Like many of you, my Mom always taught me that if you couldn’t come up with something nice to say about someone, then you shouldn’t say anything at all. However in wrapping up our discussion about Internet TV and home video solutions, I couldn’t help but note how much clutter, garbage in fact, I saw at CES.
I mean, there were some really cool geek devices that might be interesting to say, 17 people. There were more technology acronyms and protocols listed on datasheets than you could shake a stick at. And this was from both consumer electronics behemoths and start-ups alike. I was really left scratching my head in some cases, wondering if I was trapped in a parallel universe where the mass adoption of products by mainstream consumers didn’t really matter.
Not to pick on our friends from Panasonic
, but here are the headlines for two datasheets I plucked from their booth: “Panasonic BPL Technology Ratified as Element of IEEE P1901 Baseline Standard”, and my personal favorite, “PLC Super Compact PHY Module/MMDPMS250 Series” (“Hey kids, it’s movie night, let’s go cozy up in front of the PLC Super Compact PHY Module/MMDPMS250 Series”). Uhhh…no.
While powerline communications (PLC), especially broadband over PLC (BPL), has some pretty cool applications for using your home’s existing AC outlets and electrical wiring for media distribution (we’ll take a closer look in future posts), the point is the methods being used to promote these technologies are confusing and convoluted. I don’t mean to sound like a marketing or branding snob, but engineering-driven marketing does nothing to help move these technologies forward. Let’s be honest here. Technology is a wonderful thing, but at the end of the day it is meant to make things better for people, improve their lives, if only to entertain them in new ways. AND to make money for its inventors and manufacturers. For that to happen, people need at least a chance to understand it. And you would think even the geekiest of gadgets or technology standards has dreams of leaving the island of misfit toys some day. No one really wants a “Charley in the PLC Super Compact PHY Module/MMDPMS250 Series Box”, now do they?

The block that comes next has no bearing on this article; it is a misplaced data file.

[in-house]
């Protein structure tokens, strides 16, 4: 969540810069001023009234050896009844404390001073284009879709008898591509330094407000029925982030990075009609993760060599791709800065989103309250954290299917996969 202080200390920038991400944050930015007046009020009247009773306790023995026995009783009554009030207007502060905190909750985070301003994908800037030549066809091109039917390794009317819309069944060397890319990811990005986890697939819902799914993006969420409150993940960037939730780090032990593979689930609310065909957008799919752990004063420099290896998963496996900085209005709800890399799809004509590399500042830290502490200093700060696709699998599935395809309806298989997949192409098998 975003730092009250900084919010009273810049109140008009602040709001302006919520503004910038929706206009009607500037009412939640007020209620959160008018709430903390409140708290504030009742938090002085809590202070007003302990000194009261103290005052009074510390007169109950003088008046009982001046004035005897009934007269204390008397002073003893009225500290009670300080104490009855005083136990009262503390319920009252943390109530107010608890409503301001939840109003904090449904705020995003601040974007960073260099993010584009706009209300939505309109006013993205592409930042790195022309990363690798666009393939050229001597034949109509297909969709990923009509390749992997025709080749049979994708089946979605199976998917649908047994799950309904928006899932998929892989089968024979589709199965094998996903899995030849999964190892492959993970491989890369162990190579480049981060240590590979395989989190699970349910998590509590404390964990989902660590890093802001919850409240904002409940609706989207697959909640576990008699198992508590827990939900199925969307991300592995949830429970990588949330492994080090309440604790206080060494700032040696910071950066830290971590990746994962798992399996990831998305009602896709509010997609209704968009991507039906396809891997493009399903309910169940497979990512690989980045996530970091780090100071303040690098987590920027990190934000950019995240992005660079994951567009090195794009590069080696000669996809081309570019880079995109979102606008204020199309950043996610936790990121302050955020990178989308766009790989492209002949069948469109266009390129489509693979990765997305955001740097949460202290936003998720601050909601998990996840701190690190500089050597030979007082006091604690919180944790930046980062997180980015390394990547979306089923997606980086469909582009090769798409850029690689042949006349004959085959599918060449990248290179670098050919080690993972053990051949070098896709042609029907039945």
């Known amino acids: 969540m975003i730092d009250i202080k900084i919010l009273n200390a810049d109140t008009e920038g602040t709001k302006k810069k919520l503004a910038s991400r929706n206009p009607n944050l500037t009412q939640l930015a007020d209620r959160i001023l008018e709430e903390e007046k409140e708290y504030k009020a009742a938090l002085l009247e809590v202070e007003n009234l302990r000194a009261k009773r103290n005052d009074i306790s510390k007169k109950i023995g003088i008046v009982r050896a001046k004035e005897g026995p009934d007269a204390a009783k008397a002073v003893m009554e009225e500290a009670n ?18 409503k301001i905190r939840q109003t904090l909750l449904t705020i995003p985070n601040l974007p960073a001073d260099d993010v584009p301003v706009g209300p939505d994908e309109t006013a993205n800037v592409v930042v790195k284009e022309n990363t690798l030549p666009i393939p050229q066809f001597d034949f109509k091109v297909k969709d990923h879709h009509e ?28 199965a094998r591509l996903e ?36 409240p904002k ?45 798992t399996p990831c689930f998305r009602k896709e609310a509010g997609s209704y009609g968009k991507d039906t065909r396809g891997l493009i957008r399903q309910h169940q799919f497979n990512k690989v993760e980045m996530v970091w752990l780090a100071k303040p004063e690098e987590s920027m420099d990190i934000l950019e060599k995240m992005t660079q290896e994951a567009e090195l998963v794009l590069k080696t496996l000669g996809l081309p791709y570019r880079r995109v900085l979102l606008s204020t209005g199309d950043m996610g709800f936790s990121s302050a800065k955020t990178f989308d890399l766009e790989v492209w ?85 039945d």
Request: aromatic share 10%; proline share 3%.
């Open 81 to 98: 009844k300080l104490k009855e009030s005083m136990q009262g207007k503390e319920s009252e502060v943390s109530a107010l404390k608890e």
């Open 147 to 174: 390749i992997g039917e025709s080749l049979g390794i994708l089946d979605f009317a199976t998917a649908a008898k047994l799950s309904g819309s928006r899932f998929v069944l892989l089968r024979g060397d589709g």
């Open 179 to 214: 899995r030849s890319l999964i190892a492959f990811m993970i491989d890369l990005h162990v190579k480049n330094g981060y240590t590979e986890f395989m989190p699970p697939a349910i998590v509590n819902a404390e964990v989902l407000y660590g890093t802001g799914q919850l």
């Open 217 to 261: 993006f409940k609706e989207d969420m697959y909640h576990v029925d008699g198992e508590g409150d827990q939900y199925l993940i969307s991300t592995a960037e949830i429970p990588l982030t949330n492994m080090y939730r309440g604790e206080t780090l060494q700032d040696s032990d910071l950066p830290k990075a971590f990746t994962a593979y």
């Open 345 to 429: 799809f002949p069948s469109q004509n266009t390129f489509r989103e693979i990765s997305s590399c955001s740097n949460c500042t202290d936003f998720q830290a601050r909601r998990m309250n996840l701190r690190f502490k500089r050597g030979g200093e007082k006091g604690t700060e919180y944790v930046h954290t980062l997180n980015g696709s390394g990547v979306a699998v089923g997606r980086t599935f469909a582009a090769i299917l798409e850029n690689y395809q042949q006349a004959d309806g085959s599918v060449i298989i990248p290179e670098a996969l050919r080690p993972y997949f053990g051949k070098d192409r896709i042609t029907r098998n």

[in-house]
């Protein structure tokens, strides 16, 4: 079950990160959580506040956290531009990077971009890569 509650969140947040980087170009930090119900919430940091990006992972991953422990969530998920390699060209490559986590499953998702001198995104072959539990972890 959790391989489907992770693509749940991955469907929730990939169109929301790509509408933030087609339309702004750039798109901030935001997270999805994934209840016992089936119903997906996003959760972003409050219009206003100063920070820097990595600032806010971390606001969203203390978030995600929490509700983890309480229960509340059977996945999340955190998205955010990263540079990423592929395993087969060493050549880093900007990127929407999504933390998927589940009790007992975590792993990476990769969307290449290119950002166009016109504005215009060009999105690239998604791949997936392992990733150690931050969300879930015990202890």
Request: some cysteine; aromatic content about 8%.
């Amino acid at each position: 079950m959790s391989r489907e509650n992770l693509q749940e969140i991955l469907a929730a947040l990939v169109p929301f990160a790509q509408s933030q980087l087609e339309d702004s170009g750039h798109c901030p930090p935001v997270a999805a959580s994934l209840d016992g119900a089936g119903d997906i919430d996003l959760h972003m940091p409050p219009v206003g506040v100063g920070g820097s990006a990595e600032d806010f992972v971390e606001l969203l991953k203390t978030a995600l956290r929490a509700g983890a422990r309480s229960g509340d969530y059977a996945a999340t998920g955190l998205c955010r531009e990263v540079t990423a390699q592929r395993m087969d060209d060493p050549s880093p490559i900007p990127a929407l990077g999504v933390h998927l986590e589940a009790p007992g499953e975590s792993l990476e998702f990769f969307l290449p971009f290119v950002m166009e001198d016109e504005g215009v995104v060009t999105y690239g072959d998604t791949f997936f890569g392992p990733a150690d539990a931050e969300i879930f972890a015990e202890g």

So it was with this healthy skepticism that I came across Silicon Dust’s
HDHomeRun at CES. At first I thought, what’s the point? HDHomeRun uses a dual-tuner to take over-the-air signals from your home antennae or digital signals from your unencrypted cable coax and turns your computer into a TV/DVR. Any searching online will tell you the box has a loyal, but geeky, following of folks who want to do this sort of thing. But it really bucks the trend. More and more of the content you would ever want to watch has found its way online, including all the major network sites such as abc.com and cbs.com. I would say that between these sites, and others like Hulu, Joost, Netflix, Amazon, ESPN, and countless others, you will be able to find over 75% of the shows and movies you are looking for, both old and new, and much of it in HD. In other words, all of this content is already at your fingertips at your computers. And with the help of new Internet TV guides like Zinc
, and Sling.com
, why would you ever want to go through the trouble of setting up a device to record broadcast content that is already instantly available on demand off the Internet? The bigger problem folks are trying to solve, and the forefront of a major consumer trend, is ways to watch that same content from the comfort of your living room couch instead of the relative discomfort of the home office and the PC’s small screen.
But then I got off my high horse and thought about it a little bit more. HDHomeRun is really a poor man’s DVR for free content. Yup, free. Many folks don’t know you can already get a half-dozen HD channels for free over the air or in many cases over unencrypted cable. At $160 it’s relatively cheap compared to other boxes. And it is a crucial peripheral for a growing number of people who are using built-up computers called home-theater PCs (HTPCs) as the foundation for all their AV equipment in the home. And while it may be a little kludgey to have a PC and peripheral boxes stacked up near the HDTV in the living room, it’s probably no worse than the platoon of boxes most people already have in their entertainment center. And it leverages the under-utilized coax in your home. And finally, and most importantly, HDHomeRun gives folks yet another option to break the $100-$150-a-month stranglehold cable and other TV providers have over us.
So kudos to the SiliconDust team. It may be a while before the divide between our TVs and computers is fully breached for the everyday consumer, but every bit helps. Now, maybe they can put out a reverse-version of the HDHomeRun, and like ZvBox
, give folks another coax-based way to watch Internet content on their living room HDTVs without having a computer attached. They could call it the “HD Go-Around-Four-Bases 8-VSB ATSC/QAM 256 Using RG6 From PC to TV Box”. Catchy, isn’t it? :-)